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f ig. 2. Pi and the simple number series for computing its value to any degree oi accuracy, The curve shows that greater and greater accuracy is approached as more terms are used.

appearance in equations apparently far removed from the geometry of a circle Be that as it may, one would like to think that, because of the simplicity and symmetry of circles, pi would turn out to be a nice integral number, or, at least, one that comes out "even."

For ham calculations, we are accustomed to using the value 3.14 for pi. If you consult a handbook of math tables, you can find that pi to ten places is 3.1415926536 But even this is an approximation, in the sense that the last place has been "rounded off." In fact, pi has been calculated to at least twenty thousand places in the digital computer, and that twenty-thousandth place must still be rounded off' To make matters worse, no one has been able to discern any rhyme or reason to these endless decimal places. Suppose, OM. that you were making the initial discovery of pt by using a compass and ruler Would you readily accept that the relationship between such elemental dimensions could be so wild? Or, would you blame your measuring instruments for pi's persistent remainder?

Although we would not fault the mathematicians for labeling pi an "irrational" number, in what follows we shall see that the endless numbers cannot be construed as a random fallout, as though the digits had been recklessly cast from a giant pepper shaker.

Surprisingly, pi can be calculated by merely performing simple arithmetical operations indicated by a sequence or series of numbers. And, each decimal place so calculated is accurate, except, of course, the last one, because this is rounded off. Such a number series is depicted in Fig 2. Why should the sum of these alternate positive and negative fractions produce pi accurate to any number of dozens, hundreds, or even thousands of decimal places? As may be suspected, there are academically-acceptable answers Whether these answers completely resolve one s natural amazement over the situation is a question on another level of consciousness. Although number series are old hat to the mathematical ly-versed, many have long forgotten their own gasps of astonishment when first introduced to therm Actually, we have merely scratched the surface—it w ill be rewarding to inspect other manifestations of such "scientific numerology/'

Another constant that asserts itself whenever we use mathematics to indicate the connection between cause and effect or between states of being is epsiloriF or e. This strange number, as with pi, never comes out even regardless of the number of decimal places calculated Epsilon to ten places is 2 7182818285. Although epSilon is not simply related to a geometric figure, as is pi, there is nothing arbitrary or artificial about its value. Indeed, it is entrenched in virtually everything going on in the universe This is because this old universe of ours ¡is dynamic rather than static; it turns out that epsilon tikes to get invoked in anything that changes Included are such measurabtes as temperature, radioactivity, pressure, biological aging, energy in electric and magnetic fields, and even bank interest and population growth, Again, intuition would suggest that such a universal number should be a nice simple one. But, again, nature, with her majestic overview of these processes, has thought otherwise.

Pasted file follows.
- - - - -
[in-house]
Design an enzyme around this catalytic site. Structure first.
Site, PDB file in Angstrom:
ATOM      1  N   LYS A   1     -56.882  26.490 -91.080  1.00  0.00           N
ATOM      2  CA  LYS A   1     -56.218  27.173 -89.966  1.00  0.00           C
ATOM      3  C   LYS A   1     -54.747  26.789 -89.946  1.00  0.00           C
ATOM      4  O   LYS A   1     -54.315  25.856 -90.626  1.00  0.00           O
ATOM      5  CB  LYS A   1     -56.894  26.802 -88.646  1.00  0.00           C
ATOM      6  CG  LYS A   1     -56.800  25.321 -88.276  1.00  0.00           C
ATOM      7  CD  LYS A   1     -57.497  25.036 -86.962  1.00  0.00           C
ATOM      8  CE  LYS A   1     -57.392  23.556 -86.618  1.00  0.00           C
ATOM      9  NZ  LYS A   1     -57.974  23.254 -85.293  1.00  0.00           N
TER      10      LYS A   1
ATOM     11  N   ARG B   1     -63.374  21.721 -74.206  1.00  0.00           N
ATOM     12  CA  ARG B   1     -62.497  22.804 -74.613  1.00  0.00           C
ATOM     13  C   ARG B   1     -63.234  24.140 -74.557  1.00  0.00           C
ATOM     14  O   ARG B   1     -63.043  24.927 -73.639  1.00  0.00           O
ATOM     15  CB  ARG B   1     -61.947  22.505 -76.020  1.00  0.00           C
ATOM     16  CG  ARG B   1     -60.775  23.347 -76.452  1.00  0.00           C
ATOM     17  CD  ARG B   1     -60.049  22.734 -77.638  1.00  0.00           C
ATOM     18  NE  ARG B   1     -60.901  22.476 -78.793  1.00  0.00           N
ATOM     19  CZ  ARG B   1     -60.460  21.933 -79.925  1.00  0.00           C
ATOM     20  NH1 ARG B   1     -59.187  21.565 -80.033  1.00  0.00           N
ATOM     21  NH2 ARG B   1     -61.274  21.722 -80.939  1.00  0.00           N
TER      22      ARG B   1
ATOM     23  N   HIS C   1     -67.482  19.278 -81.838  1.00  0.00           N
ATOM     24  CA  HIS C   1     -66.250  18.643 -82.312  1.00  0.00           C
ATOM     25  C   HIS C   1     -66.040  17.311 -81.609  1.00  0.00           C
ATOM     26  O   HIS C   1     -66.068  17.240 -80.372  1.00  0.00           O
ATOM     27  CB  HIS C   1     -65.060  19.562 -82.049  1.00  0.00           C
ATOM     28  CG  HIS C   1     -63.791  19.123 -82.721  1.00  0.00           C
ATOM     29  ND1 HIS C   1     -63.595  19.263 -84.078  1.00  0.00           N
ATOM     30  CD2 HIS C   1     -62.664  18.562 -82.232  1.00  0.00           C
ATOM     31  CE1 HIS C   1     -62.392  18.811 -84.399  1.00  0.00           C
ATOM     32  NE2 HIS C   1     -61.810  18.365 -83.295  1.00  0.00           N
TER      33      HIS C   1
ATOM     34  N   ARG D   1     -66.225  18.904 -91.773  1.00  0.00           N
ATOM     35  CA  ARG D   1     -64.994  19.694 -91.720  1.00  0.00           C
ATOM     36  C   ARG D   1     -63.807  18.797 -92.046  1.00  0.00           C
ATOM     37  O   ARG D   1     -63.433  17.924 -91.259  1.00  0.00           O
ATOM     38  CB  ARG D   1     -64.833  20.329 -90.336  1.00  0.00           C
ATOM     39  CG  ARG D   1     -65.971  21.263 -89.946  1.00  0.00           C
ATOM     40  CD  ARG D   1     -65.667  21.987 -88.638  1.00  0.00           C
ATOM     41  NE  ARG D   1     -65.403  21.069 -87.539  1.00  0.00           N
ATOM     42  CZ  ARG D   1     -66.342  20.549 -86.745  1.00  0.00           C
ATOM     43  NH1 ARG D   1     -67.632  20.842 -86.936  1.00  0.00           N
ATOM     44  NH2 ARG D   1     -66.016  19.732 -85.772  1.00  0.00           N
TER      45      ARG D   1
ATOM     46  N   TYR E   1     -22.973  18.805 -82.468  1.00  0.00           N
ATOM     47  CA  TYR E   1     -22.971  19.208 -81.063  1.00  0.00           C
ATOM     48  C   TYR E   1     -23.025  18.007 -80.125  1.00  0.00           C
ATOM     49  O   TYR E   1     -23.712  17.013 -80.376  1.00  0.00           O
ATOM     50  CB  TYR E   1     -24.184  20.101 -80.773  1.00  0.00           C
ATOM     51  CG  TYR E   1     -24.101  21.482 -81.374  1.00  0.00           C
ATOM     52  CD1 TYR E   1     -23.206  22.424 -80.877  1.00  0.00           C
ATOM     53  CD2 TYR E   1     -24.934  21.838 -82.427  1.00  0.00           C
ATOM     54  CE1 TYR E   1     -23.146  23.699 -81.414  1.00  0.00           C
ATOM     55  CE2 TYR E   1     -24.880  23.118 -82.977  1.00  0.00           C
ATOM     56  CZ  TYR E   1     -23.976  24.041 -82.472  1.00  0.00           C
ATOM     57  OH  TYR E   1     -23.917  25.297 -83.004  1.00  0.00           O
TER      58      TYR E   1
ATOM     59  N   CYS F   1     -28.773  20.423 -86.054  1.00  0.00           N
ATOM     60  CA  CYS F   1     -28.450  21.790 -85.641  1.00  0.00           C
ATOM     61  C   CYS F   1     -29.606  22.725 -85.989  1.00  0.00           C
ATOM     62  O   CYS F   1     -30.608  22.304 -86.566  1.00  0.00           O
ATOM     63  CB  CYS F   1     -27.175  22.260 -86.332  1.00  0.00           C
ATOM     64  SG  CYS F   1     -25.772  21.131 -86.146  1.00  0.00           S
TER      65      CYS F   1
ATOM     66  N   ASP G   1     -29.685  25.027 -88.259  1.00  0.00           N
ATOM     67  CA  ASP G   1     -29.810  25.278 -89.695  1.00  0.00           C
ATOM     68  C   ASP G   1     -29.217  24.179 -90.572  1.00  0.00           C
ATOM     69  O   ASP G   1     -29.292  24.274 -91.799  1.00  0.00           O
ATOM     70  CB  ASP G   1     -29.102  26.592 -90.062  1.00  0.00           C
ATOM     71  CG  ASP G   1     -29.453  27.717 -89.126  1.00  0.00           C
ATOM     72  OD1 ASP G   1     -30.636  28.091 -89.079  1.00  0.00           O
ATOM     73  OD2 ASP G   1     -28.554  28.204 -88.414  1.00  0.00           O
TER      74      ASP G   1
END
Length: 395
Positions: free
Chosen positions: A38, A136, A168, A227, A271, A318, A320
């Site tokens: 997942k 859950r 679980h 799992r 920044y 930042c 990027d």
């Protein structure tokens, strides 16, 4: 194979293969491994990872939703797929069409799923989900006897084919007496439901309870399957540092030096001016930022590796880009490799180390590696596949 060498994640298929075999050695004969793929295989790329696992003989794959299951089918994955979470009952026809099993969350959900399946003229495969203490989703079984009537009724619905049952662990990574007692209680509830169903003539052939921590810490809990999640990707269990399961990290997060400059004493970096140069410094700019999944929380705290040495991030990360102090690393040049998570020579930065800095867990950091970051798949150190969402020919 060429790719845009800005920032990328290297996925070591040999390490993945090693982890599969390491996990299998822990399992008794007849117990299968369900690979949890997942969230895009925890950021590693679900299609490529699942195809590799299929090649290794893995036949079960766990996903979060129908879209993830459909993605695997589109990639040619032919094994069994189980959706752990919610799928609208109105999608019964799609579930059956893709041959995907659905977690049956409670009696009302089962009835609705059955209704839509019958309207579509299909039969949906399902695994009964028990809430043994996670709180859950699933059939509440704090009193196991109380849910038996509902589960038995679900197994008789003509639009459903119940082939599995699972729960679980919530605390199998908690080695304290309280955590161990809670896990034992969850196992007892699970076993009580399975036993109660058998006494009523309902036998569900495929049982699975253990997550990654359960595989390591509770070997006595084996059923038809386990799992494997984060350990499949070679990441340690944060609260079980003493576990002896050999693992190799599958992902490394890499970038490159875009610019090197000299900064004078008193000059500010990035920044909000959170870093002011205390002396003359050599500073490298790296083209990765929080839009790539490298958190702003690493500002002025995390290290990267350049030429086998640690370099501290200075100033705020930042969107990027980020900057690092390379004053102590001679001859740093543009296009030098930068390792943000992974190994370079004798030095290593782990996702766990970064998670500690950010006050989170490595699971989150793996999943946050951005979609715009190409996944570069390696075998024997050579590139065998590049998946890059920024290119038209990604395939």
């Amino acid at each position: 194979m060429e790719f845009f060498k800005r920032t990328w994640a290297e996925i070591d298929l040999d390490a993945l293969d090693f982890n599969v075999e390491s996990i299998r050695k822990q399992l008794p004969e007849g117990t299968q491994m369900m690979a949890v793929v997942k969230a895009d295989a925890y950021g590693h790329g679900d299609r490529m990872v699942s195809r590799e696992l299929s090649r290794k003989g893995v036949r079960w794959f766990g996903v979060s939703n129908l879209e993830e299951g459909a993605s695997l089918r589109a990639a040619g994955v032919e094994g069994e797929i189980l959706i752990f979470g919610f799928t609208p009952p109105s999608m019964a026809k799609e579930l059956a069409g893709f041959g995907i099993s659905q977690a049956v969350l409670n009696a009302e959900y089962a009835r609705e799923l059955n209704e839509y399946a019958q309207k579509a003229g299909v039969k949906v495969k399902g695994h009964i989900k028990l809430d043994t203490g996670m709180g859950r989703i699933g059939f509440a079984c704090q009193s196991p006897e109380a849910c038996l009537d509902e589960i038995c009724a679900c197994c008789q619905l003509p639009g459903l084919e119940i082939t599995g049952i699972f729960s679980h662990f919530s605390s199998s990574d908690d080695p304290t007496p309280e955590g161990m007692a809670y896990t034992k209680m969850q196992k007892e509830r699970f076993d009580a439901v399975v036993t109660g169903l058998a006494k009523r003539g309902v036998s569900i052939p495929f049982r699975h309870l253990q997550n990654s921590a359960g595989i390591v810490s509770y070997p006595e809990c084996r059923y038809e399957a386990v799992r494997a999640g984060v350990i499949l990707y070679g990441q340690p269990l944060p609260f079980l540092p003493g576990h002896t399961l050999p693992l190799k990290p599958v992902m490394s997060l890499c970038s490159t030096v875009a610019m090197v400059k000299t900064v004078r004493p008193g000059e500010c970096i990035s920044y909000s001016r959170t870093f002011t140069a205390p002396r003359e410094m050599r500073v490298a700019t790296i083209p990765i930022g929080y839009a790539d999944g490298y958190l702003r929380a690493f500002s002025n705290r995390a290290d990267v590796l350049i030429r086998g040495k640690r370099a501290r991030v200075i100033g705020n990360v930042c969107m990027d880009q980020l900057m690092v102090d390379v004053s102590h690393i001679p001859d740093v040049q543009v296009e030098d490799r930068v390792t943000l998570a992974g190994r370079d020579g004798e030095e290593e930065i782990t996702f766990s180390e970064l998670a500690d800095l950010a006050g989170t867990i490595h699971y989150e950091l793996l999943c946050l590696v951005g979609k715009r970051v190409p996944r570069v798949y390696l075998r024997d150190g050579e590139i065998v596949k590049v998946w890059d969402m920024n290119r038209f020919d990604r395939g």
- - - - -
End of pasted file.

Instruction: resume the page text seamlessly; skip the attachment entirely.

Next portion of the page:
Just the same, epsilon is unique, for it, too, can be expressed as a simple number series. Now, don't invest magical qualities m these number series —they cannot be used to produce just any string of numbers It is truly amazing that epsilon can also be calculated to any number of decimal places by carrying out the easy arithmetical operations of a certain number series!

Epsiion is most intimately associated with any process that undergoes so-called organic growth or decay, The word "organic" stems from the fact that biological species tend to modify their populations in a manner readily stipulated by some exponential power of epsilon. For example, the bugs depicted in Fig. 3(a) are reproducing in such a way that their number at any grven time < an be calculated by a simple growth" equation involving epsilon We may sav that these critters are expanding straightforwardly according to N^= N0ext, where Nf rs the number of bugs present at any time, and N0 'S the number of bugs originally present.

Assuming an Adam-Eve situation, we might start with just a pair of am bilious bugs. Then, N0 would equal 2. The value of x describes the effective birthrate of these bugs and determines how fast the population curve rises with passing time. Finally, t represents the time elapsing from the fall from grace of the original buglet duo. Generally, x and t have to be derived from measurement or observation. It may well be that x can be gleaned from a biological handbook covering the antics ot various types of bugs, In any event, once we deduce x and t, we find ourselves able to predict the consequences of one particular entomological romanr e-(Such a relationship is very close to electrons s, as evidenced by the inevitable appearance of "bugs" in breadboarded circuits!)

Another, and perhaps more mundane, manifestation of epsilon is shown in Fig. 3(b). Suppose you have not nearly been pauperized by inflation and manage to start a savings account with one thousand dollars. Assume that while this account draws simple interest, you patiently await the great day when your money has doubled to two thousand bucks You propose to remove it at that time in order to buy an improved version of a two thousand dollar rig you had set your heart on when you deposited the kilo-buck (We know lull well that the rig will cost four thou by then, but that is not the point) When, at

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